Google, Amazon and Intel are among the big names to be invited to Washington as the US government tries to get ahead of the trends, according to the Huffington Post. While building a framework which grants flexibility for innovation, rigidness for accountability and protections for the livelihoods of citizens is a complicated task, the White House is follows trends from around the world as rule makers aim to prove themselves relevant.

Over in Europe numerous countries have been attempting to tackle the upcoming wave of algorithms and swell of data, as has the European Commission. While it is critical for governments and bureaucracies to ensure developments do not negatively impact the day-to-day lives of citizens, the White House might also be concerned with progress being made over in China.

For many industry commentators artificial intelligence might be the defining factor of the digital era. 5G is claiming the headlines for the moment, but this infrastructure is nothing more than the foundations; it gives companies and entrepreneurs the opportunity to be innovative and explore new ideas. One of these ideas is AI, which already promises to be an integral part of every technological breakthrough in the pipeline from personalised healthcare to autonomous vehicles, and the management of smart cities.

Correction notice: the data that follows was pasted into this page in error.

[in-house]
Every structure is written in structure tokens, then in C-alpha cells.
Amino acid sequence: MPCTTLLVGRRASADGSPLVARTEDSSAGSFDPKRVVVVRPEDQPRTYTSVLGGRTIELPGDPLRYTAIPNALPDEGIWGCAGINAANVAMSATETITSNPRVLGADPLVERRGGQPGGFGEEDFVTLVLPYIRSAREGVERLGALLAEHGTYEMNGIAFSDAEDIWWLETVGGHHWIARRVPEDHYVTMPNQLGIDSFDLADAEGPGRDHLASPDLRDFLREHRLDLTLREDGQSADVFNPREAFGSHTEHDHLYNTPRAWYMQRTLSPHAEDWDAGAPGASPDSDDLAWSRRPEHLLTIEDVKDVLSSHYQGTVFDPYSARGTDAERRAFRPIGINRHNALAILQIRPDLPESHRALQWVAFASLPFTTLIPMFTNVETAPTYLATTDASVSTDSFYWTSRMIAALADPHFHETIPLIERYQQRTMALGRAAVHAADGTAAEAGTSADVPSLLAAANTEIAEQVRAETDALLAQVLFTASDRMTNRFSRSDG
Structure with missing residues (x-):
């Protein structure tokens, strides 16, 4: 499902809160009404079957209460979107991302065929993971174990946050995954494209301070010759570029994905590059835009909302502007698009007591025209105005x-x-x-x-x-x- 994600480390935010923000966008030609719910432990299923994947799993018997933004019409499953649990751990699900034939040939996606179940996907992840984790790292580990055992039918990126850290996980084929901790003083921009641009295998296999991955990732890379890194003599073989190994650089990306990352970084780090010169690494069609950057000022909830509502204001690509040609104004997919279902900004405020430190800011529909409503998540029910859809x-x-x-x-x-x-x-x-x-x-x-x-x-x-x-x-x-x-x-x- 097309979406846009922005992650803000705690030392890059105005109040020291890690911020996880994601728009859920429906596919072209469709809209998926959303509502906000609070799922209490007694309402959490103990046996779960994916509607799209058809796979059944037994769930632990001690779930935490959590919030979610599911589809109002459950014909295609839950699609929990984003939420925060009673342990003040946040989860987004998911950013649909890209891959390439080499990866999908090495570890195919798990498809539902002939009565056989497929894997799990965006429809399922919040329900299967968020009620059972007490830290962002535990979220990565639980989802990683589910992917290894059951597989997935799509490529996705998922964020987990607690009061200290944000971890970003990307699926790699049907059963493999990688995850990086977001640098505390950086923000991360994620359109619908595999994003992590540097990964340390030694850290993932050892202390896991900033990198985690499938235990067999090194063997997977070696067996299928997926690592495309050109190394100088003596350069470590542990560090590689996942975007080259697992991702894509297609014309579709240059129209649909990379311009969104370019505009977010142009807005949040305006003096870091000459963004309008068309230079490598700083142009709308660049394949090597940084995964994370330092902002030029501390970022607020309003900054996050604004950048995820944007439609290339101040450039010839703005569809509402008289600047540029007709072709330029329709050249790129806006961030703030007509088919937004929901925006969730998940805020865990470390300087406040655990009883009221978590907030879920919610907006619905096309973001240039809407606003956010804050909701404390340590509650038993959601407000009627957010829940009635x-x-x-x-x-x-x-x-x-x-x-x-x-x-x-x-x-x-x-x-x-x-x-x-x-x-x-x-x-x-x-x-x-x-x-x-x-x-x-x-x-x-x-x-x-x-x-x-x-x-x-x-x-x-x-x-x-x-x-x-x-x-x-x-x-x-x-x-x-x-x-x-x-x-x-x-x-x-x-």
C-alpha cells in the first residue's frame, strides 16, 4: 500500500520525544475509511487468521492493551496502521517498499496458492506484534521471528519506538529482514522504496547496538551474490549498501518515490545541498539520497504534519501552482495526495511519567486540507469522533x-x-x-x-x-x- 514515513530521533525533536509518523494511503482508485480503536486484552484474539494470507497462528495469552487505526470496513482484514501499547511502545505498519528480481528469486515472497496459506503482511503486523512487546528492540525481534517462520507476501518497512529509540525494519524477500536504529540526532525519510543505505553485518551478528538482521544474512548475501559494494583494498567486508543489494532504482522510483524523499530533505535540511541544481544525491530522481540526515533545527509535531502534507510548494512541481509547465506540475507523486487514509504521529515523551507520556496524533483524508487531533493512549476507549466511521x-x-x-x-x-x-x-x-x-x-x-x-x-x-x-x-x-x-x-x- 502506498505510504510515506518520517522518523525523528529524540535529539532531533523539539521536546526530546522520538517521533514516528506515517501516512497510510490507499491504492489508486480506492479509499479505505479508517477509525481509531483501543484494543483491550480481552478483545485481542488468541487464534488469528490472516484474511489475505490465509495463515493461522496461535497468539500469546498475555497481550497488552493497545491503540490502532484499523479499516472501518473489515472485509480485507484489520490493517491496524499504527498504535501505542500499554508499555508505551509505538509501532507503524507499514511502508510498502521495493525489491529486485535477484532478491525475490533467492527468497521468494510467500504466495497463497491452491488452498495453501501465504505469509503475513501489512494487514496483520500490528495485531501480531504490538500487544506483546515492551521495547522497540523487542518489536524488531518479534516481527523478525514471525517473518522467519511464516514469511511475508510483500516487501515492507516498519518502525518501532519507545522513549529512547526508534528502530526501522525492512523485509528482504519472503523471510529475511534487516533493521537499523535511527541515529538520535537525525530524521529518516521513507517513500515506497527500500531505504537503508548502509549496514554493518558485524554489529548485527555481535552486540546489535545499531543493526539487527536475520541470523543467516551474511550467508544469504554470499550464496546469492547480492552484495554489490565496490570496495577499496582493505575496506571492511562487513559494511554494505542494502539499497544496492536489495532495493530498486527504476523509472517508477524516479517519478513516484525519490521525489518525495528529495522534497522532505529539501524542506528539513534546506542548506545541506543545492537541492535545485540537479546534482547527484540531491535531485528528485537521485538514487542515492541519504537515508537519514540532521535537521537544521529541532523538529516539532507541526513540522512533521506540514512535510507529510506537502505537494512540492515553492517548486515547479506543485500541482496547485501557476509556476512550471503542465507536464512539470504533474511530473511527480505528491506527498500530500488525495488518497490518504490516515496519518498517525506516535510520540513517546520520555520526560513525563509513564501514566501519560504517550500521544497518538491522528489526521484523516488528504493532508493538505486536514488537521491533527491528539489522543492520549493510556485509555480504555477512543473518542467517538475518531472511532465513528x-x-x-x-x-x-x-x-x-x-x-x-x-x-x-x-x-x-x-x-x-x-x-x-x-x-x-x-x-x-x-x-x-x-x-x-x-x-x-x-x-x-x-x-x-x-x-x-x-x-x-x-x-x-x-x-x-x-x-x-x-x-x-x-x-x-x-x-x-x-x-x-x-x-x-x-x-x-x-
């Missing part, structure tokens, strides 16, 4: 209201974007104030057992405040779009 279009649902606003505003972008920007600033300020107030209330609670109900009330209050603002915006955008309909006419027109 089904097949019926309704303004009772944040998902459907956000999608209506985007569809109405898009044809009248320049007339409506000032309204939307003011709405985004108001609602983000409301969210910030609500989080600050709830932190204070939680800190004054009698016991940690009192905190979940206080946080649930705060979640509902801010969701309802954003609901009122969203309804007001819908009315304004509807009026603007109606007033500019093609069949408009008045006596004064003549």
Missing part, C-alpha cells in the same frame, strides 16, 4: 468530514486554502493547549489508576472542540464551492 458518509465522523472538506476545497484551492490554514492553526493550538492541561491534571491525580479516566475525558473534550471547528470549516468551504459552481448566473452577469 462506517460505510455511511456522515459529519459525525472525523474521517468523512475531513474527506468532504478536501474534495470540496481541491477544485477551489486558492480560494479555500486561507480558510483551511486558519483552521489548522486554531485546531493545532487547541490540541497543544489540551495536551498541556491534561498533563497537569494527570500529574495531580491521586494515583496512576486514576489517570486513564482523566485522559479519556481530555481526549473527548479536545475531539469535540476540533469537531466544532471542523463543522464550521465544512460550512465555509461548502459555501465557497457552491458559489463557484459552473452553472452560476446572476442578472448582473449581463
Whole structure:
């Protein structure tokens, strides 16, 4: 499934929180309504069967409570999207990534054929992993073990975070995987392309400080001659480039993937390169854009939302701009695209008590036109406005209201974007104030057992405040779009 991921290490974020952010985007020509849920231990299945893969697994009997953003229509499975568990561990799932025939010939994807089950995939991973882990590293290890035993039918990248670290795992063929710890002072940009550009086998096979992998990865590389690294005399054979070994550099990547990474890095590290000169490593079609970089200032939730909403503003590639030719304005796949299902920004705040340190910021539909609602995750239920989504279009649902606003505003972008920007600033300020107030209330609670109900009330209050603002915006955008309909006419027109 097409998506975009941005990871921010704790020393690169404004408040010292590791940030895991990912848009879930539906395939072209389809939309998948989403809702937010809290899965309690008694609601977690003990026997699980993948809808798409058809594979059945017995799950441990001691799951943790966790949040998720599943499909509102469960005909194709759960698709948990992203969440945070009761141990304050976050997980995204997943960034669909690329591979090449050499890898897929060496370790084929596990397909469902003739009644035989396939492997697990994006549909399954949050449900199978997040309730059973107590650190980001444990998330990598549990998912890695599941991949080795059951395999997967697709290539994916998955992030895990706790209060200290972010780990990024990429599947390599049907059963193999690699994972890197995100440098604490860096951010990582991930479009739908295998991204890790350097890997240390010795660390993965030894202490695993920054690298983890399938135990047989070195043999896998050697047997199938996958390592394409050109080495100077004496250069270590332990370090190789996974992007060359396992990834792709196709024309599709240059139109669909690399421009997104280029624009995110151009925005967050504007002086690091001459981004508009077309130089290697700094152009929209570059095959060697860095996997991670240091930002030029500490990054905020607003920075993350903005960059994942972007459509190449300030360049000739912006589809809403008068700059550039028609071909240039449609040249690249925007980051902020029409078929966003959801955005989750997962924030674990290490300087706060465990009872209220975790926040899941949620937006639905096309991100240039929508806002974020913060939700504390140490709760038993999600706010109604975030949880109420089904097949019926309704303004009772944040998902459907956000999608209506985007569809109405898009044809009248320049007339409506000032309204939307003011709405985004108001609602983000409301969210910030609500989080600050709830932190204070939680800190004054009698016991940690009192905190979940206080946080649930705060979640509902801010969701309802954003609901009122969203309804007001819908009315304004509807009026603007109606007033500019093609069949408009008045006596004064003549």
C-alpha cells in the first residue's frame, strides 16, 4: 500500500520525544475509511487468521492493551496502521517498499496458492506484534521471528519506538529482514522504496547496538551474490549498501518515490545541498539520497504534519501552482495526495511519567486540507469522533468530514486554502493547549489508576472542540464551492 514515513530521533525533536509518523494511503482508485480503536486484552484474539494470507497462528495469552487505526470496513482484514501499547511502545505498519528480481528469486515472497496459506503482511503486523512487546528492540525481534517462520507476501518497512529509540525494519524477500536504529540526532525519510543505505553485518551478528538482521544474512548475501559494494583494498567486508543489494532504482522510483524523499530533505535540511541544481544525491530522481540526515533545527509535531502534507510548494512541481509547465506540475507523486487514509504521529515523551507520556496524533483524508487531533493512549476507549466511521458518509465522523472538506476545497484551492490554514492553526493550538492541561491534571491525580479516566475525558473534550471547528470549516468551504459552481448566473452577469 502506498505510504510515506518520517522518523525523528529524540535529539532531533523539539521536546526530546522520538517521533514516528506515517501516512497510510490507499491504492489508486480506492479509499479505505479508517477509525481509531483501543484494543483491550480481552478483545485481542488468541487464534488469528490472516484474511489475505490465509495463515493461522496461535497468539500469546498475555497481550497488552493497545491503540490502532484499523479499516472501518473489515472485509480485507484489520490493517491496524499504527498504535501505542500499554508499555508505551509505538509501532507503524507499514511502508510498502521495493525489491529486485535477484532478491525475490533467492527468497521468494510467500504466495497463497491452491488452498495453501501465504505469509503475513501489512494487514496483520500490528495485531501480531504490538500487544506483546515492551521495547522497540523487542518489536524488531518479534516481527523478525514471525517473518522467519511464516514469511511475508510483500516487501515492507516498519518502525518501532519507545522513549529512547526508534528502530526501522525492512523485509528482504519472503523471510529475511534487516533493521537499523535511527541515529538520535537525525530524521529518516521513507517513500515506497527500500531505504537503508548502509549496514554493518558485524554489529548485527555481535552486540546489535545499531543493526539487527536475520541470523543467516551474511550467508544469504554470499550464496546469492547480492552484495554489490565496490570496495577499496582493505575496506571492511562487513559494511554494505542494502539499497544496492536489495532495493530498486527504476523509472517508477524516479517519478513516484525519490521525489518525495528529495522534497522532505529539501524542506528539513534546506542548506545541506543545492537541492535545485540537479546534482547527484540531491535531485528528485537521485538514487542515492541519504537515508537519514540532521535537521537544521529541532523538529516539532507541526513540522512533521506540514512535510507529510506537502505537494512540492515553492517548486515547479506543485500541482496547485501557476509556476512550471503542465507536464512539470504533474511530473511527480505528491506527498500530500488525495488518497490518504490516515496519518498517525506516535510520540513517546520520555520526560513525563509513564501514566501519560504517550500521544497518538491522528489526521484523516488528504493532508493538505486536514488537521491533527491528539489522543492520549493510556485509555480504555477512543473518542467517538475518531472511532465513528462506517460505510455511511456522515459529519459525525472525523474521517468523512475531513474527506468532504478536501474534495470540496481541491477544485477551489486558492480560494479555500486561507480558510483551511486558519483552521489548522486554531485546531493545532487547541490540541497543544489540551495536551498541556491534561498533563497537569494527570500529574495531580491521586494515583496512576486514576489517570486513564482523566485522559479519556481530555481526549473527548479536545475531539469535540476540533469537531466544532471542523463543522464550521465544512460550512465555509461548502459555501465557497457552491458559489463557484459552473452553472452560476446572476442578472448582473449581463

Looking across the Pacific to China, the US government might be seeing progress and investments made by the Chinese government as a worrying trend. The country has already produced some of the most powerful companies in the technology industry, and looks to be fuelling another horde with money continued to be directed at next-gen technologies. The US might be home to the technology leaders of today, but should the country not create a suitable environment for the development of AI it won’t be too long before China dominates the technology world.

AI will be a critical component of the digital economy, and the importance of this conference should not be underplayed. Executives heading across to Washington will have to do their best to encourage an update of laws and regulations, but also ensure the government is being kept at arm’s length; the red tape is being prepped.

Huawei gets US probe for suspected Iran naughtiness

Few will be surprised the US government is looking to weaken the already limited position of Huawei in the US, the emergence of a probe from the US Department of Justice is just another stepping stone in US/Chinese tensions.